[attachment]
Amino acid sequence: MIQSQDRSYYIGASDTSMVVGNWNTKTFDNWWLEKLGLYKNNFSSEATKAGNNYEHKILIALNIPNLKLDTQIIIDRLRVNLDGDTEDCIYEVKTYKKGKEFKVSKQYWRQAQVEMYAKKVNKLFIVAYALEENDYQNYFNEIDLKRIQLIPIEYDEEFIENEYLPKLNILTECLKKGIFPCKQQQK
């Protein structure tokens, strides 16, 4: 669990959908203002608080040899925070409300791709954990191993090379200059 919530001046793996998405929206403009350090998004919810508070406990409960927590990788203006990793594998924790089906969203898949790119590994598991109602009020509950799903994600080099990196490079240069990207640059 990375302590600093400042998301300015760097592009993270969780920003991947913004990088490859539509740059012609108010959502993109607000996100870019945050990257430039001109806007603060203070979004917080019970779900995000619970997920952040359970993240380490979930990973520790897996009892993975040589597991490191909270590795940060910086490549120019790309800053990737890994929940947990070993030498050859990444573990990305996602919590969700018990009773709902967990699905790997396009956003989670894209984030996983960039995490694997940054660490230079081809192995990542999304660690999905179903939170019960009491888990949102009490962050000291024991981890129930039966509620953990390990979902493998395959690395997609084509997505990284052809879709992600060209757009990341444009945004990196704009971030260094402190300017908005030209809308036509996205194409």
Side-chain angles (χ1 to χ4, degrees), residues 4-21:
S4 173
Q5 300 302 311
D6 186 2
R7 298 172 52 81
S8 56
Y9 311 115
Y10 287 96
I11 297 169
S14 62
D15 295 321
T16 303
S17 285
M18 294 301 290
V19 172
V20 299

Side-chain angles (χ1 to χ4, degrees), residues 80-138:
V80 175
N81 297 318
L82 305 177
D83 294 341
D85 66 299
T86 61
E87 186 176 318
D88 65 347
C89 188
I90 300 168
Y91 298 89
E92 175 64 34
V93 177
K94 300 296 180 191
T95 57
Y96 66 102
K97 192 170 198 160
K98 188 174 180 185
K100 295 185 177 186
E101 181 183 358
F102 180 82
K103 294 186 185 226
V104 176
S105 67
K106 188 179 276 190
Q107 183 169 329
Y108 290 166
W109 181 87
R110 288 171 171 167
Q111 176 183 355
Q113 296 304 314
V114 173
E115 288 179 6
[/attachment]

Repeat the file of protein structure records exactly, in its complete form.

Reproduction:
Amino acid sequence: MIQSQDRSYYIGASDTSMVVGNWNTKTFDNWWLEKLGLYKNNFSSEATKAGNNYEHKILIALNIPNLKLDTQIIIDRLRVNLDGDTEDCIYEVKTYKKGKEFKVSKQYWRQAQVEMYAKKVNKLFIVAYALEENDYQNYFNEIDLKRIQLIPIEYDEEFIENEYLPKLNILTECLKKGIFPCKQQQK
């Protein structure tokens, strides 16, 4: 669990959908203002608080040899925070409300791709954990191993090379200059 919530001046793996998405929206403009350090998004919810508070406990409960927590990788203006990793594998924790089906969203898949790119590994598991109602009020509950799903994600080099990196490079240069990207640059 990375302590600093400042998301300015760097592009993270969780920003991947913004990088490859539509740059012609108010959502993109607000996100870019945050990257430039001109806007603060203070979004917080019970779900995000619970997920952040359970993240380490979930990973520790897996009892993975040589597991490191909270590795940060910086490549120019790309800053990737890994929940947990070993030498050859990444573990990305996602919590969700018990009773709902967990699905790997396009956003989670894209984030996983960039995490694997940054660490230079081809192995990542999304660690999905179903939170019960009491888990949102009490962050000291024991981890129930039966509620953990390990979902493998395959690395997609084509997505990284052809879709992600060209757009990341444009945004990196704009971030260094402190300017908005030209809308036509996205194409």
Side-chain angles (χ1 to χ4, degrees), residues 4-21:
S4 173
Q5 300 302 311
D6 186 2
R7 298 172 52 81
S8 56
Y9 311 115
Y10 287 96
I11 297 169
S14 62
D15 295 321
T16 303
S17 285
M18 294 301 290
V19 172
V20 299

Side-chain angles (χ1 to χ4, degrees), residues 80-138:
V80 175
N81 297 318
L82 305 177
D83 294 341
D85 66 299
T86 61
E87 186 176 318
D88 65 347
C89 188
I90 300 168
Y91 298 89
E92 175 64 34
V93 177
K94 300 296 180 191
T95 57
Y96 66 102
K97 192 170 198 160
K98 188 174 180 185
K100 295 185 177 186
E101 181 183 358
F102 180 82
K103 294 186 185 226
V104 176
S105 67
K106 188 179 276 190
Q107 183 169 329
Y108 290 166
W109 181 87
R110 288 171 171 167
Q111 176 183 355
Q113 296 304 314
V114 173
E115 288 179 6